COVID-19 pandemic in Cuba
|COVID-19 pandemic in Cuba|
|Arrival date||24 February 2020|
(3 years, 9 months, 1 week and 4 days)
The COVID-19 pandemic in Cuba is part of the worldwide pandemic of coronavirus disease 2019 (COVID-19) caused by severe acute respiratory syndrome coronavirus 2 (SARS-CoV-2). The virus was confirmed to have spread to Cuba on 11 March 2020 when three Italian tourists tested positive for the virus.
On 12 January 2020, the World Health Organization (WHO) confirmed that a novel coronavirus was the cause of a respiratory illness in a cluster of people in Wuhan City, Hubei Province, China, which was reported to the WHO on 31 December 2019.
Cuba faces multiple domestic challenges in its response to the ongoing pandemic. Health professionals are facing challenges including shortages of medical supplies, poor sanitary conditions, and low wages. Cuba also has one of the oldest populations in the Americas and one quarter of the population is considered at-risk. Additionally, Cuba's economy is suffering due to the global decrease in tourism amid the pandemic. As a consequence, the government began increasing centralization of the economy in an effort to prevent a deeper economic crisis like the one experienced by the country after the end of the Cold War.
Cuba's policy of "medical internationalism" has played a prominent role in the country's response to the COVID-19 crisis. Cuba sent medical personnel to the hardest-hit Italian wealthy region of Lombardy, as well as Angola and a dozen Caribbean states including Suriname.
Cuba engaged effective COVID-19 preventive measures, and despite the concurrent economic crisis and shortages of consumer products, in July 2020 officials reported that during the first wave of the pandemic the country's population suffered only minimal losses. Regular testing, wearing of face masks, and health visits by nursing professionals kept the reported case loads and mortality rates lower than in most countries of the Americas.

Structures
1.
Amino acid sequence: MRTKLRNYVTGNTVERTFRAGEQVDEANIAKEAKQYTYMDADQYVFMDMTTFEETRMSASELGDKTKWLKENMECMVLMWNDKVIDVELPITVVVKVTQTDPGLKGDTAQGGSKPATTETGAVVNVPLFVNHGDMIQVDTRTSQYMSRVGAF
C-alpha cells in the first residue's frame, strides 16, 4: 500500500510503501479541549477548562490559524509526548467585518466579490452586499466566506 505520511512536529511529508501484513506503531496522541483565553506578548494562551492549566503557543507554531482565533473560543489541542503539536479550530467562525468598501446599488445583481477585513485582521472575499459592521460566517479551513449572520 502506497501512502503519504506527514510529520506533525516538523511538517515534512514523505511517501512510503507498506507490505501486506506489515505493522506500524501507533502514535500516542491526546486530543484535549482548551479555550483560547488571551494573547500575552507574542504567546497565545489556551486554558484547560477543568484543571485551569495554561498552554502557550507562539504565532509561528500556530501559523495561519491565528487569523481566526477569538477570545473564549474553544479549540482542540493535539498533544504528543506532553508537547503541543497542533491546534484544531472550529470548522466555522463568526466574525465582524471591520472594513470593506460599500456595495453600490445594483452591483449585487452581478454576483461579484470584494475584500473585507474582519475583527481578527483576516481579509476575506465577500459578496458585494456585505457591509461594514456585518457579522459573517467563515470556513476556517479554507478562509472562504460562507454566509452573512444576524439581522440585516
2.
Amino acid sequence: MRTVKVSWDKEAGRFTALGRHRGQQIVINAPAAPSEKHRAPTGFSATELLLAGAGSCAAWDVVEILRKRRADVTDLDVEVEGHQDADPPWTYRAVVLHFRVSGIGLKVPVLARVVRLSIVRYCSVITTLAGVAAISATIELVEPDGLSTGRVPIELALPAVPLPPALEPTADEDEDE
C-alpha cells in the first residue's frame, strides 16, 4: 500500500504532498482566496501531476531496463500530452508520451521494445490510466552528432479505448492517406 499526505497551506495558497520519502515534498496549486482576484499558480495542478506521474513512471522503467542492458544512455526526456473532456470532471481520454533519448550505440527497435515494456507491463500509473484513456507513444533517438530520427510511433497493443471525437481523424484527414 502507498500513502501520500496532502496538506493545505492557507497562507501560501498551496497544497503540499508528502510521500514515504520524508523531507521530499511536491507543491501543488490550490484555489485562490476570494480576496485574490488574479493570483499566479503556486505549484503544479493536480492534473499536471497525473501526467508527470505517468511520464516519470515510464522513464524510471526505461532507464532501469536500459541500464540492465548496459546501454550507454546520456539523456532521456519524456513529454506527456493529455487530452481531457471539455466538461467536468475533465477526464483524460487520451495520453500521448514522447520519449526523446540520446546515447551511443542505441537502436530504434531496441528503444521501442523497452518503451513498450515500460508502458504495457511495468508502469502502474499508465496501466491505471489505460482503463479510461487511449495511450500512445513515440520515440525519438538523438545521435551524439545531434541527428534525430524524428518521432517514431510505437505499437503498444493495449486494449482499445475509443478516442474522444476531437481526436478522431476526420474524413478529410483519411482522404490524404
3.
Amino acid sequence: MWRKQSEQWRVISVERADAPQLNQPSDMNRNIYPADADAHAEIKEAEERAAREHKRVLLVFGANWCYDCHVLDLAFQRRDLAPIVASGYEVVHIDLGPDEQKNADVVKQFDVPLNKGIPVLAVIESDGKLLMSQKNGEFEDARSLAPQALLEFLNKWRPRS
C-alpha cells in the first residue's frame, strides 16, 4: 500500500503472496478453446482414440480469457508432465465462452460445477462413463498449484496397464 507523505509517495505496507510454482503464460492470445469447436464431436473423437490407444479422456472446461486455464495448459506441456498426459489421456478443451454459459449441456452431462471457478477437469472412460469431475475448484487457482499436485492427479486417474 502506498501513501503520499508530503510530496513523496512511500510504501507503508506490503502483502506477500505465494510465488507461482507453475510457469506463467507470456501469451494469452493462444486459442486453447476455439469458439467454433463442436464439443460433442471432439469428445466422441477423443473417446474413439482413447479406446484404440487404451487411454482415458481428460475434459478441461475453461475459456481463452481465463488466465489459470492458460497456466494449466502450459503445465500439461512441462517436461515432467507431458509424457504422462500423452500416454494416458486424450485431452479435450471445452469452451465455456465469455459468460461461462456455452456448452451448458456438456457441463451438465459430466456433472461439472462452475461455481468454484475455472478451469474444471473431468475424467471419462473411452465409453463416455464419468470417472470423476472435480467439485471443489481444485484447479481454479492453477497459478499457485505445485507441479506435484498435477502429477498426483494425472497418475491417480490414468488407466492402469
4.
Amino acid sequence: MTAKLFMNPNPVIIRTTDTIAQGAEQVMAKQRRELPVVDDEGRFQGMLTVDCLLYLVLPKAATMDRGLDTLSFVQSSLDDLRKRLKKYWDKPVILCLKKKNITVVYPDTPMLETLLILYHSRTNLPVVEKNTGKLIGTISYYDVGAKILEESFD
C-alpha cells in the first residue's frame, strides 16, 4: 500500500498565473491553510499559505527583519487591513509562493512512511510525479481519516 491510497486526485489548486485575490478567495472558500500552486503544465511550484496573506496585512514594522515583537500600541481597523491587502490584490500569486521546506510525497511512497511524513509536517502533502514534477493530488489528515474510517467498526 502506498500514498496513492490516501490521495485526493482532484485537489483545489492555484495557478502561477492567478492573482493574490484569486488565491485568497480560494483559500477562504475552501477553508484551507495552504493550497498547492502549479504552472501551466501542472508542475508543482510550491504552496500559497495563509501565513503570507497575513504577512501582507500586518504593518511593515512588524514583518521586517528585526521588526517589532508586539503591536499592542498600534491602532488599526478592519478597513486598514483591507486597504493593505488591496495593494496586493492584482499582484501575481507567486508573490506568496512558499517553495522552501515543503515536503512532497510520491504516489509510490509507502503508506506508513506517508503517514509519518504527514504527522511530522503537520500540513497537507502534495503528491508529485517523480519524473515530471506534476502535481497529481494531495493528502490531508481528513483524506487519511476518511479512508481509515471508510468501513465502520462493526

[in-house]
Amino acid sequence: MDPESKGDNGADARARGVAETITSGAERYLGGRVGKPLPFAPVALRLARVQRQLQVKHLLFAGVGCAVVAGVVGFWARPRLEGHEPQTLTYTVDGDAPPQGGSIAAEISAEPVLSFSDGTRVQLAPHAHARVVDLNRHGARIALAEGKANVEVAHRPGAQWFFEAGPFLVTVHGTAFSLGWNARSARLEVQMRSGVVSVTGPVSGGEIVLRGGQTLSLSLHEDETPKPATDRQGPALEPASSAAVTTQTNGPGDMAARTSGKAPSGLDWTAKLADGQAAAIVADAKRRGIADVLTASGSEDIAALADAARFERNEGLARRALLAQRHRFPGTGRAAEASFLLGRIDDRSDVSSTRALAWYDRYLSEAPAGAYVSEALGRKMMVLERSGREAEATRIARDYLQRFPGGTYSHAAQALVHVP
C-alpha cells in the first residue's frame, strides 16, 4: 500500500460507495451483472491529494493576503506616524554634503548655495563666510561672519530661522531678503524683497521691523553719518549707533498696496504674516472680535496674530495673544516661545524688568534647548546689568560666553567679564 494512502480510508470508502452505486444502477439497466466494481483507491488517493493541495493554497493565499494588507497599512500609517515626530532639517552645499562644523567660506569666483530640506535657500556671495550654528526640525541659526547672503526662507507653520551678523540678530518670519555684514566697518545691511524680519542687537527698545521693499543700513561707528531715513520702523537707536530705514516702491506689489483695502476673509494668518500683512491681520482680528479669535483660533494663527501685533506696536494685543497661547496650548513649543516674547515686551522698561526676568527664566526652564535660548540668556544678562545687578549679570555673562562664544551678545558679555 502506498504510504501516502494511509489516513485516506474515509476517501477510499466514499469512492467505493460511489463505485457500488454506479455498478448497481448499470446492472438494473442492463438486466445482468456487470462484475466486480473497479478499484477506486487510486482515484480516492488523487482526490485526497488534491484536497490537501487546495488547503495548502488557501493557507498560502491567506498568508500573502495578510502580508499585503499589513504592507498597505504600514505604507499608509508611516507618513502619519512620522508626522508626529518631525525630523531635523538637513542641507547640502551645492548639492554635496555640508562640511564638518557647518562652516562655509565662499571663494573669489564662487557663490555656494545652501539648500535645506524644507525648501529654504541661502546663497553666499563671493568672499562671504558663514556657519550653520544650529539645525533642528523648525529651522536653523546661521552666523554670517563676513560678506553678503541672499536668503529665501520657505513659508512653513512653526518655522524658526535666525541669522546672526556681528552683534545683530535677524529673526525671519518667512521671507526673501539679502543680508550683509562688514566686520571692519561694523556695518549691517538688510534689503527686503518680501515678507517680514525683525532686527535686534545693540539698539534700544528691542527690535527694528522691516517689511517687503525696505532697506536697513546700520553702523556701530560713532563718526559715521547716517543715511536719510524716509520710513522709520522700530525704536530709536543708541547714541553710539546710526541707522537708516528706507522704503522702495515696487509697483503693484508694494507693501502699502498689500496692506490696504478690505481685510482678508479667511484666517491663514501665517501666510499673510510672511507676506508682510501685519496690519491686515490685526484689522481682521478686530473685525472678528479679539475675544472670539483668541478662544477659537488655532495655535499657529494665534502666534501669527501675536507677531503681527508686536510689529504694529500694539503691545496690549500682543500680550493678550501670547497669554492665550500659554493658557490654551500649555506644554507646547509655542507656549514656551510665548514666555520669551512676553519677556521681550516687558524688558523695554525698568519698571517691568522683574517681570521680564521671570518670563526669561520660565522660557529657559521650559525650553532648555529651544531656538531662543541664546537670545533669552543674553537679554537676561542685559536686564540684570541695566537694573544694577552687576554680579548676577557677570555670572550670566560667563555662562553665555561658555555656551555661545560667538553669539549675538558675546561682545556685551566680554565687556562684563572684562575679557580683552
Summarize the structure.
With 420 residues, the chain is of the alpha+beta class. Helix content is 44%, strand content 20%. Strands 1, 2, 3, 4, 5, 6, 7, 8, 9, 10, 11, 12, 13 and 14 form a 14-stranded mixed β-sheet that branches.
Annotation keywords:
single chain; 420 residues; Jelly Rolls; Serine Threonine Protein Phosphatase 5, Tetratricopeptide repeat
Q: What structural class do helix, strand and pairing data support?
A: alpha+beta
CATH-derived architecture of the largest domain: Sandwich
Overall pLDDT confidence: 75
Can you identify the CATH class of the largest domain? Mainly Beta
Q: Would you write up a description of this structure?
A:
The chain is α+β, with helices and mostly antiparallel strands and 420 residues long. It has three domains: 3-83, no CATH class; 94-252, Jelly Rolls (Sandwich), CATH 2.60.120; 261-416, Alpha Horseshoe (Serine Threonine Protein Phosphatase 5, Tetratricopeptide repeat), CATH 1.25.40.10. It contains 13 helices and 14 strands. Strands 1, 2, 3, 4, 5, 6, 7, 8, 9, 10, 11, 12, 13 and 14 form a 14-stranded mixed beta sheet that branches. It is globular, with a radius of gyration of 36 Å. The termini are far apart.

In mid-July 2021, Cuba experienced the first real wave of infections when the SARS-CoV-2 Delta variant spread throughout the nation. Subsequently, demonstrations took place in a number of cities when thousands took to the streets protesting against COVID-related restrictions. The island is suffering from an acute shortage of consumer goods and medical supplies during a severe economic downturn.
The government urged citizens to make their own face masks, while the textile industry was drafted to fabricate them. People were advised to carry several cloth face masks with them, depending on how many hours they plan to spend in public areas.
On 12 March, a fourth confirmed case was announced. This was a Cuban, whose wife had arrived from Milan, Italy on 24 February, and who had started showing symptoms on 27 February. The husband had begun to show symptoms by 8 March. Both were tested and he was positive. The wife was stated to be negative because the disease had run its course.
On 16 March, the cruise ship MS Braemar, with over 1,000 passengers and crew on board, was given permission to berth in Cuba after being rejected by the Bahamas. At least five passengers have tested positive for coronavirus (COVID-19). British citizens were able to take flights home after both governments reached an agreement on their repatriation.
On 17 March, the number of confirmed cases increased to 7.
On 18 March, the number of confirmed cases increased to 10, and the first death was announced, a 61-year old Italian who had been one of the first three confirmed.
On 19 March, the number of confirmed cases increased to 16.
On 20 March, the number of confirmed cases increased to 21. Also, it was announced that Cuba will restrict entry to residents with effect from 24 March. Only Cuban residents may enter, that is, if they have not been outside of Cuba for more than 24 months; as well as foreigners residing on the island.